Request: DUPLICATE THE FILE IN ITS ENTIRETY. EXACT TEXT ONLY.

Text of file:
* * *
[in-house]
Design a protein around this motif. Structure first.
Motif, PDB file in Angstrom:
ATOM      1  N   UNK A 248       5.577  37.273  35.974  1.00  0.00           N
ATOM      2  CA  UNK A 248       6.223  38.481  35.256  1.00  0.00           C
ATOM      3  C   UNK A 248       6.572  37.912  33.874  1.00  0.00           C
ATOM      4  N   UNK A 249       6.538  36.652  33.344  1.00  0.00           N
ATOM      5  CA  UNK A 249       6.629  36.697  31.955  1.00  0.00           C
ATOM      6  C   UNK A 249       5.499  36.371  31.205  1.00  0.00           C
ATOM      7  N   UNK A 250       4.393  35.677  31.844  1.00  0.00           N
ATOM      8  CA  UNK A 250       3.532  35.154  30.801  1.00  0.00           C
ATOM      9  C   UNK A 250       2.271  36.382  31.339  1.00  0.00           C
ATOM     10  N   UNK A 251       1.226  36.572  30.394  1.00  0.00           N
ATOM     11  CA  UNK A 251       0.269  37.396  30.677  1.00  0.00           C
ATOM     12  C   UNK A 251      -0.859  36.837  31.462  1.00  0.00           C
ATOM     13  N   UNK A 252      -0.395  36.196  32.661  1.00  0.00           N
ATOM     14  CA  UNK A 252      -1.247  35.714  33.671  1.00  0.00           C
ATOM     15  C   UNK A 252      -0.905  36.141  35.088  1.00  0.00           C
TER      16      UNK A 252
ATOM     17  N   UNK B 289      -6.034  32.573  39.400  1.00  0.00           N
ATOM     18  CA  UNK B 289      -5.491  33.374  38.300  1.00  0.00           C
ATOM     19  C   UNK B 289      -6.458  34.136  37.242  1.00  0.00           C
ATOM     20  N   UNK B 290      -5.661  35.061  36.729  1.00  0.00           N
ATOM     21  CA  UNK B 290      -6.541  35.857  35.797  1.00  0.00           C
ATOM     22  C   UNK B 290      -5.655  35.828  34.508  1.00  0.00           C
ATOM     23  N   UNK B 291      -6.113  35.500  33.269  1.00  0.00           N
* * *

[in-house]
Design a protein around this motif. Structure first.
Motif, PDB file in Angstrom:
ATOM      1  N   UNK A 248       5.577  37.273  35.974  1.00  0.00           N
ATOM      2  CA  UNK A 248       6.223  38.481  35.256  1.00  0.00           C
ATOM      3  C   UNK A 248       6.572  37.912  33.874  1.00  0.00           C
ATOM      4  N   UNK A 249       6.538  36.652  33.344  1.00  0.00           N
ATOM      5  CA  UNK A 249       6.629  36.697  31.955  1.00  0.00           C
ATOM      6  C   UNK A 249       5.499  36.371  31.205  1.00  0.00           C
ATOM      7  N   UNK A 250       4.393  35.677  31.844  1.00  0.00           N
ATOM      8  CA  UNK A 250       3.532  35.154  30.801  1.00  0.00           C
ATOM      9  C   UNK A 250       2.271  36.382  31.339  1.00  0.00           C
ATOM     10  N   UNK A 251       1.226  36.572  30.394  1.00  0.00           N
ATOM     11  CA  UNK A 251       0.269  37.396  30.677  1.00  0.00           C
ATOM     12  C   UNK A 251      -0.859  36.837  31.462  1.00  0.00           C
ATOM     13  N   UNK A 252      -0.395  36.196  32.661  1.00  0.00           N
ATOM     14  CA  UNK A 252      -1.247  35.714  33.671  1.00  0.00           C
ATOM     15  C   UNK A 252      -0.905  36.141  35.088  1.00  0.00           C
TER      16      UNK A 252
ATOM     17  N   UNK B 289      -6.034  32.573  39.400  1.00  0.00           N
ATOM     18  CA  UNK B 289      -5.491  33.374  38.300  1.00  0.00           C
ATOM     19  C   UNK B 289      -6.458  34.136  37.242  1.00  0.00           C
ATOM     20  N   UNK B 290      -5.661  35.061  36.729  1.00  0.00           N
ATOM     21  CA  UNK B 290      -6.541  35.857  35.797  1.00  0.00           C
ATOM     22  C   UNK B 290      -5.655  35.828  34.508  1.00  0.00           C
ATOM     23  N   UNK B 291      -6.113  35.500  33.269  1.00  0.00           N